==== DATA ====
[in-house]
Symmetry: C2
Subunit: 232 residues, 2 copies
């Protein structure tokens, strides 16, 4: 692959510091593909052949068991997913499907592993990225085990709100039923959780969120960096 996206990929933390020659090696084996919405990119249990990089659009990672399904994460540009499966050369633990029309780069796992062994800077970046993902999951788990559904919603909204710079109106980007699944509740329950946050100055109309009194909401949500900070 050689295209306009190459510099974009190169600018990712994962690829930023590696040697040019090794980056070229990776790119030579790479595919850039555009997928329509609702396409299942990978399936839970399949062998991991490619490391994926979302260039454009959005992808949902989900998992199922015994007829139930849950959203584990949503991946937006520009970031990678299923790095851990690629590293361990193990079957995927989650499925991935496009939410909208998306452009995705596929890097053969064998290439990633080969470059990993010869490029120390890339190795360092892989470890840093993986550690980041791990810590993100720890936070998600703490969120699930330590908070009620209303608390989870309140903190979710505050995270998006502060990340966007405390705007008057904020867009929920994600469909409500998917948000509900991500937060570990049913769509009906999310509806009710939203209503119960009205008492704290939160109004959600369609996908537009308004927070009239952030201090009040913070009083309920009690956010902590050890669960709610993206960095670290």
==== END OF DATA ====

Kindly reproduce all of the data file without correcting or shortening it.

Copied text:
[in-house]
Symmetry: C2
Subunit: 232 residues, 2 copies
């Protein structure tokens, strides 16, 4: 692959510091593909052949068991997913499907592993990225085990709100039923959780969120960096 996206990929933390020659090696084996919405990119249990990089659009990672399904994460540009499966050369633990029309780069796992062994800077970046993902999951788990559904919603909204710079109106980007699944509740329950946050100055109309009194909401949500900070 050689295209306009190459510099974009190169600018990712994962690829930023590696040697040019090794980056070229990776790119030579790479595919850039555009997928329509609702396409299942990978399936839970399949062998991991490619490391994926979302260039454009959005992808949902989900998992199922015994007829139930849950959203584990949503991946937006520009970031990678299923790095851990690629590293361990193990079957995927989650499925991935496009939410909208998306452009995705596929890097053969064998290439990633080969470059990993010869490029120390890339190795360092892989470890840093993986550690980041791990810590993100720890936070998600703490969120699930330590908070009620209303608390989870309140903190979710505050995270998006502060990340966007405390705007008057904020867009929920994600469909409500998917948000509900991500937060570990049913769509009906999310509806009710939203209503119960009205008492704290939160109004959600369609996908537009308004927070009239952030201090009040913070009083309920009690956010902590050890669960709610993206960095670290």